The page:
Once Hope left behind filmmaking for good, he primarily showed up in the yearly variety specials he did for NBC and touring with the USO overseas to entertain American servicemen (a duty he began performing soon after the USO formed in 1941). It was during this time his reputation as a comedian began to tarnish. During the tumultuous Vietnam era, the world was changing. Young people were fighting to address civil rights issues and to put an end to an unjust war (luckily today, we don’t have to worry about that anymore!). However, Hope served as a comedic standard bearer for the establishment. He palled around with presidents and ridiculed the anti-war movement as hopelessly naïve at best and borderline communist at worst. Hell, he even rang up none other than Richard Nixon to give birthday wishes.

While it is tempting to dismiss Hope’s allegiance to the establishment of that era as a mere symptom of his age, it must be said that during this time older acts such as The Marx Brothers had something of a resurgence, partly due to their 1933 film Duck Soup, which remains one of the finest anti-war films ever made. Indeed, Groucho was embraced by the counterculture of that era because he continued to thumb his nose toward authority right up until the very end.

So, we can see why an intellectual and political firebrand like Christopher Hitchens may not like or appreciate Hope’s humor, but to say he is not funny? Well, that’s just wrong. While Hope certainly became complacent in his later years and showed no interest in upsetting the status quo, he was a consummate joke teller, wringing laugh from even the worst jokes with a self-possessed, laid back style that showed a man in complete control of his powers despite his age.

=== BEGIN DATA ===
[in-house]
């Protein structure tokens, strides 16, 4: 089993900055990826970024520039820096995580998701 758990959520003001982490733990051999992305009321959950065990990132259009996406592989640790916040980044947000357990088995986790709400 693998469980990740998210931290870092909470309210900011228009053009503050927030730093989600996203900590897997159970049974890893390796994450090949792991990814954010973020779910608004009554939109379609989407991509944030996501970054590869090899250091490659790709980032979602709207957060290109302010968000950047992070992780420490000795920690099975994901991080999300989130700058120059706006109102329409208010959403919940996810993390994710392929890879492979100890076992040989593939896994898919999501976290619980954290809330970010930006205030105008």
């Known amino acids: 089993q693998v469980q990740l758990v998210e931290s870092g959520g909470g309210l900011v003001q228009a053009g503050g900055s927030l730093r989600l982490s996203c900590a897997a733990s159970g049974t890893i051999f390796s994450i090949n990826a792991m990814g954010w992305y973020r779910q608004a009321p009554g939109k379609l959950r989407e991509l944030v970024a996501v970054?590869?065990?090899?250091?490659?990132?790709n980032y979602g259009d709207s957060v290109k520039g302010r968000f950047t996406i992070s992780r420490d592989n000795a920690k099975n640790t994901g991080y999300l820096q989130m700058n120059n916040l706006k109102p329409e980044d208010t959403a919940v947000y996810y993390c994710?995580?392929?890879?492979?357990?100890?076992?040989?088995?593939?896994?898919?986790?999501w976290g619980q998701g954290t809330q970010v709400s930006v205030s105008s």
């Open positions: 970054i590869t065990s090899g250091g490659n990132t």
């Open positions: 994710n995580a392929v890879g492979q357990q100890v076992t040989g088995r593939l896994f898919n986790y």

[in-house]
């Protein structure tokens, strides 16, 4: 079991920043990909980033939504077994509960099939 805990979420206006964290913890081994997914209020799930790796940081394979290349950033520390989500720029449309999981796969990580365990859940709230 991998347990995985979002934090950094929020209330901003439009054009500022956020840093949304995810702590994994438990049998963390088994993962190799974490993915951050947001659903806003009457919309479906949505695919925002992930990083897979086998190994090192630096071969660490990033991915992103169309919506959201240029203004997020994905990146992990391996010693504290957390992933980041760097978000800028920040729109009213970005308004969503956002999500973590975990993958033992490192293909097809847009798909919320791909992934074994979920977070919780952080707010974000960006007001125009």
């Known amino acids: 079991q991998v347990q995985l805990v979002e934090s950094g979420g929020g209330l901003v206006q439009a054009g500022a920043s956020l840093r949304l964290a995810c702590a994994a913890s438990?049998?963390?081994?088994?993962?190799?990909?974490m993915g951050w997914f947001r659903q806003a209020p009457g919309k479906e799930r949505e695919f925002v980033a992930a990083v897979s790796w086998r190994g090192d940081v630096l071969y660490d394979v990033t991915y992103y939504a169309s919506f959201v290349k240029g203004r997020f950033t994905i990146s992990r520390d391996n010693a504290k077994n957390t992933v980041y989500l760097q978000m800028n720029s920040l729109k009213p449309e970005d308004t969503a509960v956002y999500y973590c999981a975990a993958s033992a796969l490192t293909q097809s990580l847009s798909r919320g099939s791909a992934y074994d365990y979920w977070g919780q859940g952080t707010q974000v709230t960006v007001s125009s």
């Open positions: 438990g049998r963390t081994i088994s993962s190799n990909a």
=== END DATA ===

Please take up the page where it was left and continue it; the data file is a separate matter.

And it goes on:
One thing that we can learn from Hope is the economy of words he uses to set up a joke and hit with the punchline. Shortly after Albert Brooks took to Twitter to promote his novel 2030: The Real Story of What Happens to America he tweeted “Spent my life deconstructing jokes now Twitter turns us all into Bob Hope.”

There is something to that. With Twitter, one only has 140 characters to get a joke across and nothing works better in this form than the classic set up and punchline format. There is little room for playfulness or meta commentary so the joke has to hit. It’s no wonder that so many comics have taken to this technology as it proves to be a great exercise in crafting jokes. It’s a format that seems tailor made for a comedian like Bob Hope (though he rarely ever wrote his own material).

To say Bob Hope had an enviable career is an understatement. Right up until his death in 2003, Hope was invited into living rooms throughout the country. While his later years lacked the bite that his early comedies had, there was something reassuring about seeing him pop up on television screens throughout the years. The kind of near-universal appeal that Hope enjoyed may have died with him due to the fractured nature of media and society today. And despite the criticism Hope received as he fell into self-parody during his later years, that criticism was only leveled because he was so good. Like Leno today, those who are the most vocal about his milquetoast brand of comedy are those who know how great he can be. Of course, even Leno does not have the pure comedic chops to make a throwaway gag like this from the Chevy Chase/Dan Aykroyd movie Spies Like Us funnier than it has any right to be:

So judge Hope all you want, but remember this man set the table for a lot of modern comedy today. If that doesn’t deserve respect, then we’re all doomed.

Timing is Everything: The Comedy of Bob Hope